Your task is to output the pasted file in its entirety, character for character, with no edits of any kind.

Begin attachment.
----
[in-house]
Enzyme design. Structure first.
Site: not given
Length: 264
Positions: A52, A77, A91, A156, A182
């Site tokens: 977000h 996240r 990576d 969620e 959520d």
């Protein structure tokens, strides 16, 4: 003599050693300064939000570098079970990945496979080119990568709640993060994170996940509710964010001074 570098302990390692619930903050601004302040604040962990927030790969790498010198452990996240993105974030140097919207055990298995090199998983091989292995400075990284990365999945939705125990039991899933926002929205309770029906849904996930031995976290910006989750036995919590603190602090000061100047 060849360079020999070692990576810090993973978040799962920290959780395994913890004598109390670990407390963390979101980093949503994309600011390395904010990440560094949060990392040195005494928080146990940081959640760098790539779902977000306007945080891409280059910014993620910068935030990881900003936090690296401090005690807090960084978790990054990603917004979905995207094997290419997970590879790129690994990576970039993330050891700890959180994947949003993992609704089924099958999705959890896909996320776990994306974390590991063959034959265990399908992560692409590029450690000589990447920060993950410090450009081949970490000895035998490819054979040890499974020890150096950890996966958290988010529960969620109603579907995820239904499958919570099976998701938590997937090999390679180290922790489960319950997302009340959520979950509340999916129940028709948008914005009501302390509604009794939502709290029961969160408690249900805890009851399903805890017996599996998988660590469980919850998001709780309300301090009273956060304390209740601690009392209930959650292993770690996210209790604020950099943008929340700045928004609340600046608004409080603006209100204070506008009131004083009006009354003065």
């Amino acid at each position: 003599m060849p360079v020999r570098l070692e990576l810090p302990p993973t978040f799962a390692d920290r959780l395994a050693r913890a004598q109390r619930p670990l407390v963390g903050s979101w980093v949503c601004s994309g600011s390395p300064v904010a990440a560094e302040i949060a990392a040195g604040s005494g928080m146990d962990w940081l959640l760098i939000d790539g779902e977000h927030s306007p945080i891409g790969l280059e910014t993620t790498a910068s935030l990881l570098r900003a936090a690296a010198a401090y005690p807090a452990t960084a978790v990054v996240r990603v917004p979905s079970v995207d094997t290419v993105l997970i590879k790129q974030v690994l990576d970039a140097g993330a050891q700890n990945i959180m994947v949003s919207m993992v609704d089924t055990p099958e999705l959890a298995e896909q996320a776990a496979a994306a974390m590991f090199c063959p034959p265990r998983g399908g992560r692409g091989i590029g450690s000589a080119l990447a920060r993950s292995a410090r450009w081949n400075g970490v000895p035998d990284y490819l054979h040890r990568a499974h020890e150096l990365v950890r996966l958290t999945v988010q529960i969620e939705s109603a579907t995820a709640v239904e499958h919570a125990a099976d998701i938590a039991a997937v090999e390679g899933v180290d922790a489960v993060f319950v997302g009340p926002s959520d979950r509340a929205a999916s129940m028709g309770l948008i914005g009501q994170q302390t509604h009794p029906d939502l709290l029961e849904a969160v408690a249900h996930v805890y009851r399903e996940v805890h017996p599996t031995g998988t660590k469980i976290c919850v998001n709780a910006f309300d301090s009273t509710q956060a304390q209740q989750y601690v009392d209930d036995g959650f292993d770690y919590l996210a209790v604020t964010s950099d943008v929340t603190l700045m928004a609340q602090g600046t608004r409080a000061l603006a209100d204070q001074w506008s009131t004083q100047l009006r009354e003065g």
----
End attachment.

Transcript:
[in-house]
Enzyme design. Structure first.
Site: not given
Length: 264
Positions: A52, A77, A91, A156, A182
């Site tokens: 977000h 996240r 990576d 969620e 959520d």
């Protein structure tokens, strides 16, 4: 003599050693300064939000570098079970990945496979080119990568709640993060994170996940509710964010001074 570098302990390692619930903050601004302040604040962990927030790969790498010198452990996240993105974030140097919207055990298995090199998983091989292995400075990284990365999945939705125990039991899933926002929205309770029906849904996930031995976290910006989750036995919590603190602090000061100047 060849360079020999070692990576810090993973978040799962920290959780395994913890004598109390670990407390963390979101980093949503994309600011390395904010990440560094949060990392040195005494928080146990940081959640760098790539779902977000306007945080891409280059910014993620910068935030990881900003936090690296401090005690807090960084978790990054990603917004979905995207094997290419997970590879790129690994990576970039993330050891700890959180994947949003993992609704089924099958999705959890896909996320776990994306974390590991063959034959265990399908992560692409590029450690000589990447920060993950410090450009081949970490000895035998490819054979040890499974020890150096950890996966958290988010529960969620109603579907995820239904499958919570099976998701938590997937090999390679180290922790489960319950997302009340959520979950509340999916129940028709948008914005009501302390509604009794939502709290029961969160408690249900805890009851399903805890017996599996998988660590469980919850998001709780309300301090009273956060304390209740601690009392209930959650292993770690996210209790604020950099943008929340700045928004609340600046608004409080603006209100204070506008009131004083009006009354003065």
């Amino acid at each position: 003599m060849p360079v020999r570098l070692e990576l810090p302990p993973t978040f799962a390692d920290r959780l395994a050693r913890a004598q109390r619930p670990l407390v963390g903050s979101w980093v949503c601004s994309g600011s390395p300064v904010a990440a560094e302040i949060a990392a040195g604040s005494g928080m146990d962990w940081l959640l760098i939000d790539g779902e977000h927030s306007p945080i891409g790969l280059e910014t993620t790498a910068s935030l990881l570098r900003a936090a690296a010198a401090y005690p807090a452990t960084a978790v990054v996240r990603v917004p979905s079970v995207d094997t290419v993105l997970i590879k790129q974030v690994l990576d970039a140097g993330a050891q700890n990945i959180m994947v949003s919207m993992v609704d089924t055990p099958e999705l959890a298995e896909q996320a776990a496979a994306a974390m590991f090199c063959p034959p265990r998983g399908g992560r692409g091989i590029g450690s000589a080119l990447a920060r993950s292995a410090r450009w081949n400075g970490v000895p035998d990284y490819l054979h040890r990568a499974h020890e150096l990365v950890r996966l958290t999945v988010q529960i969620e939705s109603a579907t995820a709640v239904e499958h919570a125990a099976d998701i938590a039991a997937v090999e390679g899933v180290d922790a489960v993060f319950v997302g009340p926002s959520d979950r509340a929205a999916s129940m028709g309770l948008i914005g009501q994170q302390t509604h009794p029906d939502l709290l029961e849904a969160v408690a249900h996930v805890y009851r399903e996940v805890h017996p599996t031995g998988t660590k469980i976290c919850v998001n709780a910006f309300d301090s009273t509710q956060a304390q209740q989750y601690v009392d209930d036995g959650f292993d770690y919590l996210a209790v604020t964010s950099d943008v929340t603190l700045m928004a609340q602090g600046t608004r409080a000061l603006a209100d204070q001074w506008s009131t004083q100047l009006r009354e003065g």